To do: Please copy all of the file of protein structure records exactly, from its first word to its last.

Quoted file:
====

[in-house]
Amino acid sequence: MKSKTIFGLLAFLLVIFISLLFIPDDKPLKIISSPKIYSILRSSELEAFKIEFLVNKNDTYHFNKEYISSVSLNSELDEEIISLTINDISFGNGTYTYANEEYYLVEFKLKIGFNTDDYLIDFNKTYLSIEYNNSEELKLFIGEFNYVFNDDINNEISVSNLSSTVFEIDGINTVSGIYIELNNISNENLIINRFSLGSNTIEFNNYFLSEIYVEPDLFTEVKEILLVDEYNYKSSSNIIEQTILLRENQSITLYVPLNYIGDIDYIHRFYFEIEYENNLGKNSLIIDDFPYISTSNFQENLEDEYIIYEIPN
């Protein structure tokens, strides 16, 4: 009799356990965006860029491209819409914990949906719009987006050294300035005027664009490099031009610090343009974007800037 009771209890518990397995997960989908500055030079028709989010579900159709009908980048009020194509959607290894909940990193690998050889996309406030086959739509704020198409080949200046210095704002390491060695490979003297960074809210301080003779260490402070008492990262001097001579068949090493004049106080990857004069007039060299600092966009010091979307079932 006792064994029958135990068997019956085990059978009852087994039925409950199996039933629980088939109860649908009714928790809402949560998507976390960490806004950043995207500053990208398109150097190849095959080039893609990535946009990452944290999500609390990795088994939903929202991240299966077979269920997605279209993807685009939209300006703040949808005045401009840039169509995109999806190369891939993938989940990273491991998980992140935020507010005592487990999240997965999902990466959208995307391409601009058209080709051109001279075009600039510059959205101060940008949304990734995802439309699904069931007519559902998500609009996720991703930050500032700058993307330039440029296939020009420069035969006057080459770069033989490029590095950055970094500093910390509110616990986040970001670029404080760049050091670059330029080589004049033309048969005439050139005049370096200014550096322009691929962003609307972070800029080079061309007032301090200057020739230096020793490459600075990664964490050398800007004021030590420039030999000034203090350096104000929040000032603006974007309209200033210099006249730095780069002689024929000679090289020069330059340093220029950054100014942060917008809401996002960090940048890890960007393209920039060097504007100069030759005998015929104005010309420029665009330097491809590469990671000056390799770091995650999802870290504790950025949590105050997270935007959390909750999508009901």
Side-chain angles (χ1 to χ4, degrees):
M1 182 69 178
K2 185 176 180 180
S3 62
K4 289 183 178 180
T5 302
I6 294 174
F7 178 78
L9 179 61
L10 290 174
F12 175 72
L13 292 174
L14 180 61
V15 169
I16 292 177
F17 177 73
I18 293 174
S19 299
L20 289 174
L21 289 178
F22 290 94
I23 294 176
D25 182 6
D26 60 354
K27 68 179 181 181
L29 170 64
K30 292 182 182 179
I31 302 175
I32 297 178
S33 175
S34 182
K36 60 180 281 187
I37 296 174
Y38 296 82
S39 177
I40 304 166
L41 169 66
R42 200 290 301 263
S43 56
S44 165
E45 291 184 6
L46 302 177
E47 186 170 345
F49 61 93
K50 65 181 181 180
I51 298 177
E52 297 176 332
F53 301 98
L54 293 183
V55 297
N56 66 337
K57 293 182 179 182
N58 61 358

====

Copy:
[in-house]
Amino acid sequence: MKSKTIFGLLAFLLVIFISLLFIPDDKPLKIISSPKIYSILRSSELEAFKIEFLVNKNDTYHFNKEYISSVSLNSELDEEIISLTINDISFGNGTYTYANEEYYLVEFKLKIGFNTDDYLIDFNKTYLSIEYNNSEELKLFIGEFNYVFNDDINNEISVSNLSSTVFEIDGINTVSGIYIELNNISNENLIINRFSLGSNTIEFNNYFLSEIYVEPDLFTEVKEILLVDEYNYKSSSNIIEQTILLRENQSITLYVPLNYIGDIDYIHRFYFEIEYENNLGKNSLIIDDFPYISTSNFQENLEDEYIIYEIPN
């Protein structure tokens, strides 16, 4: 009799356990965006860029491209819409914990949906719009987006050294300035005027664009490099031009610090343009974007800037 009771209890518990397995997960989908500055030079028709989010579900159709009908980048009020194509959607290894909940990193690998050889996309406030086959739509704020198409080949200046210095704002390491060695490979003297960074809210301080003779260490402070008492990262001097001579068949090493004049106080990857004069007039060299600092966009010091979307079932 006792064994029958135990068997019956085990059978009852087994039925409950199996039933629980088939109860649908009714928790809402949560998507976390960490806004950043995207500053990208398109150097190849095959080039893609990535946009990452944290999500609390990795088994939903929202991240299966077979269920997605279209993807685009939209300006703040949808005045401009840039169509995109999806190369891939993938989940990273491991998980992140935020507010005592487990999240997965999902990466959208995307391409601009058209080709051109001279075009600039510059959205101060940008949304990734995802439309699904069931007519559902998500609009996720991703930050500032700058993307330039440029296939020009420069035969006057080459770069033989490029590095950055970094500093910390509110616990986040970001670029404080760049050091670059330029080589004049033309048969005439050139005049370096200014550096322009691929962003609307972070800029080079061309007032301090200057020739230096020793490459600075990664964490050398800007004021030590420039030999000034203090350096104000929040000032603006974007309209200033210099006249730095780069002689024929000679090289020069330059340093220029950054100014942060917008809401996002960090940048890890960007393209920039060097504007100069030759005998015929104005010309420029665009330097491809590469990671000056390799770091995650999802870290504790950025949590105050997270935007959390909750999508009901």
Side-chain angles (χ1 to χ4, degrees):
M1 182 69 178
K2 185 176 180 180
S3 62
K4 289 183 178 180
T5 302
I6 294 174
F7 178 78
L9 179 61
L10 290 174
F12 175 72
L13 292 174
L14 180 61
V15 169
I16 292 177
F17 177 73
I18 293 174
S19 299
L20 289 174
L21 289 178
F22 290 94
I23 294 176
D25 182 6
D26 60 354
K27 68 179 181 181
L29 170 64
K30 292 182 182 179
I31 302 175
I32 297 178
S33 175
S34 182
K36 60 180 281 187
I37 296 174
Y38 296 82
S39 177
I40 304 166
L41 169 66
R42 200 290 301 263
S43 56
S44 165
E45 291 184 6
L46 302 177
E47 186 170 345
F49 61 93
K50 65 181 181 180
I51 298 177
E52 297 176 332
F53 301 98
L54 293 183
V55 297
N56 66 337
K57 293 182 179 182
N58 61 358